January 6, 2021 – Voters in Georgia showed out to polls in record amounts on Tuesday, surpassing the state’s all-time voting record set in 2008, with over 4 million votes counted in the Georgia Senate runoff elections so far.
While about 65,000 votes remain uncounted as of Wednesday morning — mainly from areas where Democrats typically perform well, such as from DeKalb, Fulton, Cobb and Henry Counties — the Associated Press has projected that Democratic candidates Reverend Raphael Warnock has defeated incumbent Sen. Kelly Loeffler.
Fellow Democratic candidate Jon Ossoff has a lead of just over 17,000 votes, or 0.4 percent of the total, over incumbent GOP Sen. David Perdue.
If Democrats win both seats, there will be a 50-50 split in the Senate. In the case of a 50-50 tie, Vice President-elect Kamala Harris, the president of the Senate, will hold the breaking vote.
Much in the communications sector is riding on this high-stakes runoff election, which determines which party will control the Senate.
The Senate must confirm whoever President-elect Joe Biden nominates to fill the third Democratic slot at the Federal Communications Commission. The Senate’s recent push-through of Commissioner Nathan Simington might indicate that a Republican-led Senate would attempt to deadlock Biden’s FCC.
Many critiqued Simington’s rushed nomination, saying it appeared clearly designed to delay the Biden FCC from pursuing Democratic Party goals, such as the restoration of net neutrality rules.
How will the U.S. react to France’s digital services tax?
The U.S. Trade Representative is expected to act tomorrow with tariffs of $1.3 billion on French products in response to French digital taxes taking effect that Washington views as being discriminatory against American tech companies.
New 25 percent U.S. tariffs on French handbags, cosmetics and soaps will take effect Wednesday, barring a last-minute change of plans by the Trump administration. USTR announced these tariffs last summer, but suspended the collection on these tariffs for 180 days. France has begun collection on its national digital services tax.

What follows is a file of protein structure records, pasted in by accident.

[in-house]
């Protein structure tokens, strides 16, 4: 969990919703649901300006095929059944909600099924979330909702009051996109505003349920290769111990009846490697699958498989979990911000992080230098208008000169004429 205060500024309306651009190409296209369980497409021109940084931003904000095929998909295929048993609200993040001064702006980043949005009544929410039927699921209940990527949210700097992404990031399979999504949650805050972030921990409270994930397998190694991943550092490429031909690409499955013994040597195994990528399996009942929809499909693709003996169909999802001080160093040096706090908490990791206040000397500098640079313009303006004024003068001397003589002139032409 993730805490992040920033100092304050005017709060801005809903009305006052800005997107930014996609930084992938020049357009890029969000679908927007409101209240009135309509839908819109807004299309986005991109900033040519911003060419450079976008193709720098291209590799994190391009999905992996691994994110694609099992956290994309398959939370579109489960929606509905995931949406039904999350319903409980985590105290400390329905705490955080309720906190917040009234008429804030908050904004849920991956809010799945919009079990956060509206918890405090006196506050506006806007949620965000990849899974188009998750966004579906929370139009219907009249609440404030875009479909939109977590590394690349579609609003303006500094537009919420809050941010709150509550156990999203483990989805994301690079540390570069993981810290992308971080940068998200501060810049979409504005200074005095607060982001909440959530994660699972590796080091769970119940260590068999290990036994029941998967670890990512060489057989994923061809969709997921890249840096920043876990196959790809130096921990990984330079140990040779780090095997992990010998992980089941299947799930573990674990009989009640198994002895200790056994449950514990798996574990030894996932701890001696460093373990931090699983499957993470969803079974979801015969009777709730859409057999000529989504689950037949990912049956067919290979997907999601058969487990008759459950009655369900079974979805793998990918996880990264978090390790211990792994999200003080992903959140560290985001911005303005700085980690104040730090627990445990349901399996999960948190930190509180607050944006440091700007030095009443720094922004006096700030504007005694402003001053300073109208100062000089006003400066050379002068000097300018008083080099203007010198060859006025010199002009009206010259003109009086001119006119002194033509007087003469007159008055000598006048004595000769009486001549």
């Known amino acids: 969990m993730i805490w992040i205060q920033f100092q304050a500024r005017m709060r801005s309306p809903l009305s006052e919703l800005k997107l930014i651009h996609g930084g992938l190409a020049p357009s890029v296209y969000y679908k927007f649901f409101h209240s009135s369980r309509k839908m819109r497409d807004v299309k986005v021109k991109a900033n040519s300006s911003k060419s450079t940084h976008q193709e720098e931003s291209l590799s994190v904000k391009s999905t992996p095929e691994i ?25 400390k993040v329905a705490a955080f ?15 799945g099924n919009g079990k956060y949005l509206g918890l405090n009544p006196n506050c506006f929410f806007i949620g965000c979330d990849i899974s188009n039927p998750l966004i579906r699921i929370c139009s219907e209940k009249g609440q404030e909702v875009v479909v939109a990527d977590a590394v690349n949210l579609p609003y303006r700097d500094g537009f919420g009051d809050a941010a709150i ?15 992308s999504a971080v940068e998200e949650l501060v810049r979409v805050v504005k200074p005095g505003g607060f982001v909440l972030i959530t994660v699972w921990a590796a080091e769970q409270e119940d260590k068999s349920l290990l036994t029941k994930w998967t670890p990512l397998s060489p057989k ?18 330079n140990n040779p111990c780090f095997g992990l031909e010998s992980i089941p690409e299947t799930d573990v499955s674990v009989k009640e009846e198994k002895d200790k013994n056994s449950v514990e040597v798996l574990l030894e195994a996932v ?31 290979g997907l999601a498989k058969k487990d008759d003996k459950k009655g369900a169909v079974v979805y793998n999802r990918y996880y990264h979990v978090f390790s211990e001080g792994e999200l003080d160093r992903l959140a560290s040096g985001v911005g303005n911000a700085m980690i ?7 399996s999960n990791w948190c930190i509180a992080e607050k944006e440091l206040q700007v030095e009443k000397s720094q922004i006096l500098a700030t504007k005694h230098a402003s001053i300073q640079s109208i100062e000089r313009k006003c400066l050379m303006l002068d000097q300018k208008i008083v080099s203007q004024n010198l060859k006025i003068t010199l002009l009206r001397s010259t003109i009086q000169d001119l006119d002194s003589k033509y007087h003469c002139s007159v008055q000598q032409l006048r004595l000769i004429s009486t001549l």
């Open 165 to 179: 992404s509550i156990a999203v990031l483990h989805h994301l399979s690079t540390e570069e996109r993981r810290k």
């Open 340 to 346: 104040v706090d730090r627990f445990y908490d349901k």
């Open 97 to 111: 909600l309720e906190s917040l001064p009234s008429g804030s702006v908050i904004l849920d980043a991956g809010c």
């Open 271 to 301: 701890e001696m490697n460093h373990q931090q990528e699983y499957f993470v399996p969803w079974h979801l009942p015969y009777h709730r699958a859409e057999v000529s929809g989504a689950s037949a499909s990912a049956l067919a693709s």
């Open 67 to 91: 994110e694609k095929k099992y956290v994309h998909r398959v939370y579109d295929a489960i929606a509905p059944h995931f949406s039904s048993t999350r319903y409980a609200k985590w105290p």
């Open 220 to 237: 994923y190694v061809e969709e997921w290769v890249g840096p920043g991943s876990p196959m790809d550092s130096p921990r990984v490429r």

The move may prompt the European Union to strike back on an equivalent amount of U.S. goods, making the U.S. response to the French digital tax all the more crucial.
The Computer and Communications Industry Association has testified against the discriminatory digital taxes and previously filed comments with USTR in response to it’s query on the French digital tax.
In a statement, CCIA President Matt Schruers said the need to resist France’s discriminatory taxes is urgent, and that action by USTR will send a clear message that foreign digital taxes will not go without an approportionate response.
“It is crucial to demonstrate that the U.S. takes it seriously when one of our trading partners enacts taxes clearly targeting U.S. companies,” said Schruers. “We appreciate USTR’s ongoing efforts to ensure a level playing field, enforce international commitments, and disincentivize discriminatory actions by trading partners.”
“Continued proliferation of national digital taxes like the one imposed by France undermines ongoing talks at the OECD to get an agreement on global tax reform for the digital age,” Schruers added.
Annual Intellectual Property Report for 2020
United States Intellectual Property Enforcement Coordinator Vishal Amin issued the United States’ Annual Intellectual Property Report for 2020 this Monday.
The report details the actions taken over the past year by the government to promote and prioritize the United State’s innovative economy. The report states that during the past four years, the Trump Administration has taken significant actions to protect intellectual property.
In 2017, the Trump Administration adopted a four-part intellectual property strategy which provides a framework for sound intellectual property policy to advance innovation and ensure effective intellectual property protection and enforcement, domestically and abroad.
The Administration’s four-part strategic approach to intellectual property includes engagement with trading partners, effective use of legal authorities, expanded law enforcement cooperation and engagement and partnership with the private sector and other stakeholders.